Election: Romans 9 – 11, Introduction

The Bible teaches election. It’s just all over the Bible. That’s not the question. The question is just what does the Bible mean by election. Is the Calvinistic sense of the word right? Is the Arminian sense right? Or is something else right?

As of this typing, I’ve not quite made up my mind. Rather than me thinking I have the answer and then trying to teach the answer, these posts will be my investigation into the question. I may contradict my earlier writings and wind up agreeing with the Calvinists. Or I may decide it’s too hard to figure out. I don’t know. But I’m going to poke around the scriptures to see if I can figure out just what they say.

And it seems that the natural place to begin is Romans 9 – 11. This contains several central proof texts of Calvinist theology. But these chapters also contain some of the central proof texts for Church of Christ theology. That’s got to be interesting, right?

Now, the purpose of these posts is not to beat on Calvinism. The goal here is to demonstrate a better approach to hermeneutics and to see what we can learn from the scriptures. And it’s to try to do some serious exegesis at this blog.

For years, nearly all my Bible class teaching was verse-by-verse, but lately, I’ve gone a different direction. And my posts show it. There are very few verse-by-verse studies. And yet for most of my adult life, that’s been my bread and butter!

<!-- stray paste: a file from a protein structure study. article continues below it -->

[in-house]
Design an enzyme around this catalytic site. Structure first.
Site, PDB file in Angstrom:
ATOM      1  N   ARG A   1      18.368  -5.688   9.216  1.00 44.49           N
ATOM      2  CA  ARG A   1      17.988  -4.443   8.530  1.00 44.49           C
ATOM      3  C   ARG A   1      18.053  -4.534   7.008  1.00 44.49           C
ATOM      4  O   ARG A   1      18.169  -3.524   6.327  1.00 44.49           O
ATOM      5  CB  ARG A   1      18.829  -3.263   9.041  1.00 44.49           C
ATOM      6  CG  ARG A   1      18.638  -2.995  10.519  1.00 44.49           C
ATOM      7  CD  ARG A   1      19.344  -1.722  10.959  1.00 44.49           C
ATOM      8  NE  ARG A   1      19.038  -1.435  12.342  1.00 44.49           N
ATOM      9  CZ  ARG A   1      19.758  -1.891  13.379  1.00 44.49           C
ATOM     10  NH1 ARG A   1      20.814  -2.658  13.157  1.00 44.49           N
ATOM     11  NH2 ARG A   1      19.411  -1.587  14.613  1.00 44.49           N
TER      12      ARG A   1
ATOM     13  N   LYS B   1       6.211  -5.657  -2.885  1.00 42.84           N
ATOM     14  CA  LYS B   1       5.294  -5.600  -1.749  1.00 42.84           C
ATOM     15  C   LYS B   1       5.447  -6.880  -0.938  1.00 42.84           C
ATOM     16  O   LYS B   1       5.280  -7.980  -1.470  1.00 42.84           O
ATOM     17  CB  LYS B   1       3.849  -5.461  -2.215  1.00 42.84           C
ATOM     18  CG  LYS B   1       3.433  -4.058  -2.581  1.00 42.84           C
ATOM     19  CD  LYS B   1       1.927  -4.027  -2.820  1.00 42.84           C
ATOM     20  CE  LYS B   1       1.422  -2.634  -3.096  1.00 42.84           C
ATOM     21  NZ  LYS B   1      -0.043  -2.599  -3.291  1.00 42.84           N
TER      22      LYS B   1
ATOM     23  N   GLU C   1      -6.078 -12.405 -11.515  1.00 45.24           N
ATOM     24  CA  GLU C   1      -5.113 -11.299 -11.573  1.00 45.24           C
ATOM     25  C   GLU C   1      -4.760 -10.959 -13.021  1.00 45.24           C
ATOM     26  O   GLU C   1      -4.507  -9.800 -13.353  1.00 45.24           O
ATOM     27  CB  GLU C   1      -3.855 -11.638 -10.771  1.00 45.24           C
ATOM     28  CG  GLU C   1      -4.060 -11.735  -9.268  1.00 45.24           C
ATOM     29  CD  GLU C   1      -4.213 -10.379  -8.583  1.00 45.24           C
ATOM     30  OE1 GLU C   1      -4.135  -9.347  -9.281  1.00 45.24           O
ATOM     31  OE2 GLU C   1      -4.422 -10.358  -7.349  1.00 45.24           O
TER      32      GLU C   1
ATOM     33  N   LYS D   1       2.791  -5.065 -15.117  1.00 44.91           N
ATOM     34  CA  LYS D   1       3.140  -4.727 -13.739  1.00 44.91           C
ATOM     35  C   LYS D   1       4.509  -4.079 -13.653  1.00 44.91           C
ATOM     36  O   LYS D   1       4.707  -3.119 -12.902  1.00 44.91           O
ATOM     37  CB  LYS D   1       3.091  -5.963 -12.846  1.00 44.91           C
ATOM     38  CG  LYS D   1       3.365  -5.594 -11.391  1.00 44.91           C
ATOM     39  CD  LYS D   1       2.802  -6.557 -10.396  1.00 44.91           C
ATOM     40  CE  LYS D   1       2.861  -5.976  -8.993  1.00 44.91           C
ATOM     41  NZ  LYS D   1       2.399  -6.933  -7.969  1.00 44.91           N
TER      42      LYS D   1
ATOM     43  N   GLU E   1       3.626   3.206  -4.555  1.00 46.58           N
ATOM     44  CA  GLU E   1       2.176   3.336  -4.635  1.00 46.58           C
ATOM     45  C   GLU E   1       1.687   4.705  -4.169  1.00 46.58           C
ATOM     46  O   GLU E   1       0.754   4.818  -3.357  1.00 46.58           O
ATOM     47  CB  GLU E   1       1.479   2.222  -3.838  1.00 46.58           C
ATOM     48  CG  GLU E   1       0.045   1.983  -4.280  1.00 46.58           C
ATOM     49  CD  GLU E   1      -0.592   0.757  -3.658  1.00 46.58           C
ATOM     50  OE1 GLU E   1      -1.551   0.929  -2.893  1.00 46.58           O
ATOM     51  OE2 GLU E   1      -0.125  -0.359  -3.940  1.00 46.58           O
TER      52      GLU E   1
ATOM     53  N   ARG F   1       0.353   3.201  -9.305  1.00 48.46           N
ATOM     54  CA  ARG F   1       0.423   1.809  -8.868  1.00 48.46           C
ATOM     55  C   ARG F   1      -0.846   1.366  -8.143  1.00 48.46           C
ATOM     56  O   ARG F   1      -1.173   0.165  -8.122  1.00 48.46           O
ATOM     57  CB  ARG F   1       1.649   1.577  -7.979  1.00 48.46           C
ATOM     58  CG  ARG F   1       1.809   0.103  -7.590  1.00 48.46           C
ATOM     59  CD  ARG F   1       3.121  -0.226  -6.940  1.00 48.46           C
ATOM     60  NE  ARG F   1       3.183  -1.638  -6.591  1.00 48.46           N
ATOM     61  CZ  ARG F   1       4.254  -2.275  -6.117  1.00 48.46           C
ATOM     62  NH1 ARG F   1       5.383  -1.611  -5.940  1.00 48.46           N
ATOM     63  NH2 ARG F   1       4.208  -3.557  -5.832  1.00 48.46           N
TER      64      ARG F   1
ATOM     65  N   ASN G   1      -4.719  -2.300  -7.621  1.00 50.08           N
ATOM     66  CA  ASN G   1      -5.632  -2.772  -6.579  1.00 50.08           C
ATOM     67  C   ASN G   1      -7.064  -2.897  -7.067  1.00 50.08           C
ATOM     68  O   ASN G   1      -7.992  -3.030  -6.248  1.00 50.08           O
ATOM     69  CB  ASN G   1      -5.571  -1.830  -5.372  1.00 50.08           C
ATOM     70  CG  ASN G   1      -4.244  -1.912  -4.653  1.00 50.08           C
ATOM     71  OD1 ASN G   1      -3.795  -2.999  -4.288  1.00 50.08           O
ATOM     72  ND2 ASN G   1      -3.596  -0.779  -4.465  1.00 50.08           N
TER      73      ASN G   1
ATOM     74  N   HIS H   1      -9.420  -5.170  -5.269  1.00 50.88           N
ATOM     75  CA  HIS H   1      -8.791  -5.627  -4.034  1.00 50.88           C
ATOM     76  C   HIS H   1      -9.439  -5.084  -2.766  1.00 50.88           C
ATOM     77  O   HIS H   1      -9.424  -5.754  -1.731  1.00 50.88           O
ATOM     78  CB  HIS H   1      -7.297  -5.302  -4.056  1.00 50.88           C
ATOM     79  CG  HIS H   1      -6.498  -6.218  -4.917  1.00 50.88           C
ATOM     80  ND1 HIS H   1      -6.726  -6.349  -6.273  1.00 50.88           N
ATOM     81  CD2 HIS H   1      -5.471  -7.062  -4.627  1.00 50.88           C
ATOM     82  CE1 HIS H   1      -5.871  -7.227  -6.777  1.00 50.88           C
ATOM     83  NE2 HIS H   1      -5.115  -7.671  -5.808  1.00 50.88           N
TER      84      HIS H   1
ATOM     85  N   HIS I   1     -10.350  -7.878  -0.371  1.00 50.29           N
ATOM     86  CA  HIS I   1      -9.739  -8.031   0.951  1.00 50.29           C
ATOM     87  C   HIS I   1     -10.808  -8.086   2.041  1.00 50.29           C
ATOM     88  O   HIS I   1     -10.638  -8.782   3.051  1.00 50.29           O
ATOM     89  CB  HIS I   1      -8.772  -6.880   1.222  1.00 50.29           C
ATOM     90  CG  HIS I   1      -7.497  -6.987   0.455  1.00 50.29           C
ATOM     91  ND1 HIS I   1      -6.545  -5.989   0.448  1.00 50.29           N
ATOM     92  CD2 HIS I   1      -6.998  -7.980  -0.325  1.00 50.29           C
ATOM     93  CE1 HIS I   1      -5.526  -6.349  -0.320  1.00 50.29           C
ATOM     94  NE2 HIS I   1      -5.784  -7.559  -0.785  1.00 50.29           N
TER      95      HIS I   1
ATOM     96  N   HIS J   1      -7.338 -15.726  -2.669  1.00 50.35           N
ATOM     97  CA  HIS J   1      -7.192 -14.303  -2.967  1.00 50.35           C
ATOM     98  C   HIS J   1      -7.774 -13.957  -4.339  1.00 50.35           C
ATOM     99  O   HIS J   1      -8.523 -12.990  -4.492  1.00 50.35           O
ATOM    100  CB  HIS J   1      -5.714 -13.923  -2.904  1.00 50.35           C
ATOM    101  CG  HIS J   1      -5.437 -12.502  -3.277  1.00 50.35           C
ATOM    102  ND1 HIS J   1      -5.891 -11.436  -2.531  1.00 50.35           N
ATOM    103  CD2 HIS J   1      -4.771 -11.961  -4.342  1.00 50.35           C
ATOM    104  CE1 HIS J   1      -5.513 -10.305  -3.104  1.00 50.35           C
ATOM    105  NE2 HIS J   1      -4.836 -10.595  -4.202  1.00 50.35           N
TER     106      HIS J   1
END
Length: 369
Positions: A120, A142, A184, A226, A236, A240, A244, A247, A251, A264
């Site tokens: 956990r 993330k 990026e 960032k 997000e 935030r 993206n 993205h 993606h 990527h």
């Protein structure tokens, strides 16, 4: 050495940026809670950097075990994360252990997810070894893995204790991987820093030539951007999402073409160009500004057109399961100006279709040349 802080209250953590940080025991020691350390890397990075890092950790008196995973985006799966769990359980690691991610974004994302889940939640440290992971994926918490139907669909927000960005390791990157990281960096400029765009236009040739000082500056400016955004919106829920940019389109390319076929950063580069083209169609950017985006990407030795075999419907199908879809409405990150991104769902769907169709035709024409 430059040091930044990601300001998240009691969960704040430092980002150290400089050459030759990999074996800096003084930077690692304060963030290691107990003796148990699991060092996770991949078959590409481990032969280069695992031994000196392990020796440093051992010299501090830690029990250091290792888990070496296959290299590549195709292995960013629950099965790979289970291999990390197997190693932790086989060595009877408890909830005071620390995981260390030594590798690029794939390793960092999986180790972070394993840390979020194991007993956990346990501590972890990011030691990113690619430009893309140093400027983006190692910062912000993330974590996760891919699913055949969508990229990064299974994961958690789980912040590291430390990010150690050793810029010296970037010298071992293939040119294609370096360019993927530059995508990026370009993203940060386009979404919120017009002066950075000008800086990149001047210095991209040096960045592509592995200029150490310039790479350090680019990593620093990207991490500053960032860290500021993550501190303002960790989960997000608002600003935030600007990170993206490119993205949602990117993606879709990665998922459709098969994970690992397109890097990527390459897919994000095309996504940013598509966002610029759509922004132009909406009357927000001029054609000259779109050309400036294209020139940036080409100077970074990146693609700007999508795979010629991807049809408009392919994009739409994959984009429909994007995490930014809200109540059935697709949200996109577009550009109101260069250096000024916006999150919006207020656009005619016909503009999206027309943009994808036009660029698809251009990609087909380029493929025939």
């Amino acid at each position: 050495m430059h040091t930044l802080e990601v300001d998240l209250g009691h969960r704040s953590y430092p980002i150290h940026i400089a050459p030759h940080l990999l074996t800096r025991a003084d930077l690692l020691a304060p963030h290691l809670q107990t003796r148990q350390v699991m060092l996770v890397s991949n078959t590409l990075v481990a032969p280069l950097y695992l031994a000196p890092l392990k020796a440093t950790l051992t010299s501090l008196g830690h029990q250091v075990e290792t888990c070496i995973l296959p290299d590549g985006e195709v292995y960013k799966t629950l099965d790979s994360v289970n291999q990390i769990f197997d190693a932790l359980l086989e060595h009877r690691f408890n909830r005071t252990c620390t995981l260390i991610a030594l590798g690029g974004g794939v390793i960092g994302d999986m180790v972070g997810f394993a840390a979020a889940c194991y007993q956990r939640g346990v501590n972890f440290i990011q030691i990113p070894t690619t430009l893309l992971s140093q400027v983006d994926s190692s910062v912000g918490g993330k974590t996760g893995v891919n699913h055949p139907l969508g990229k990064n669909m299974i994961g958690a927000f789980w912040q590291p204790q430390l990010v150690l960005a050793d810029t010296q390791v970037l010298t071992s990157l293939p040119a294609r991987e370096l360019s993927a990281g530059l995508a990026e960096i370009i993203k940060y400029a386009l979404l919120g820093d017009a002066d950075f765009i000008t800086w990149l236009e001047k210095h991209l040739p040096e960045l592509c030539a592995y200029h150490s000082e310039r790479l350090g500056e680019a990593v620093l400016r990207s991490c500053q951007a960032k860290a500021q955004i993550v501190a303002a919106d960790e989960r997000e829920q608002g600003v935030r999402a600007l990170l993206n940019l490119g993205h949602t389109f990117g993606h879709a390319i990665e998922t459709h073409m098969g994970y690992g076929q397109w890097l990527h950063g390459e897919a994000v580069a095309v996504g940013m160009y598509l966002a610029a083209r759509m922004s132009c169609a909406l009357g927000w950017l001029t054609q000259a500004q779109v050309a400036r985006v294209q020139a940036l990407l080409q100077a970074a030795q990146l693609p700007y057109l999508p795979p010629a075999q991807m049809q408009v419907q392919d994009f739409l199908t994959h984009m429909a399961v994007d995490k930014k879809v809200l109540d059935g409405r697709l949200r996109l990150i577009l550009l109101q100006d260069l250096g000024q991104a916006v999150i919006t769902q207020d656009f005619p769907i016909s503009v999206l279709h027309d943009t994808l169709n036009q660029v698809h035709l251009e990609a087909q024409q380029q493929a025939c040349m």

The only way I know to teach how to study the Bible is verse-by-verse, that is, the way it was written. So I figure it’s time to see if I still remember how — and demonstrate the approach.

And one of the toughest passages in all the Bible is Romans 9 – 11. I’ve always wanted to take the time to figure it out. Surely, God meant to be understood! And if we see it as hard, we must be asking the wrong questions or else using the wrong methods. Or maybe some of both.

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2 Responses

  1. Jay,

    you said:

    “The only way I know to teach how to study the Bible is verse-by-verse, that is, the way it was written. ”

    The Bible was not written in verse by verse format (except for parts of the Psalms); verse and chapter divisions were added over a thousand years later by mere men.

    Let me quote a source:

    “Common opinion concerning chapter divisions attributes them to Cardinal Hugo of Saint Cher for use in his concordance to the Latin Vulgate (c. 1240, first printed, with modification, at Bologna, 1479).

    “The present New Testament verses were introduced by Robert Stephens in his Greco-Latin Testament of 1551 (see above, II, 2, § 2). ”

    From The New Schaff-Herzog Encyclopedia of Religious Knowledge (New York: Funk & Wagnalls, 1908-1912), volume 2, pages 113-14.

    Having come across this information, I now study chapter by chapter (unless context indicated an overlap, then it is section by section).

    for complete article goto:
    http://www.bible-researcher.com/chapter-verse.html

  2. Paul, please be less picky. Jay could have said word by word for the meaning is from the details.

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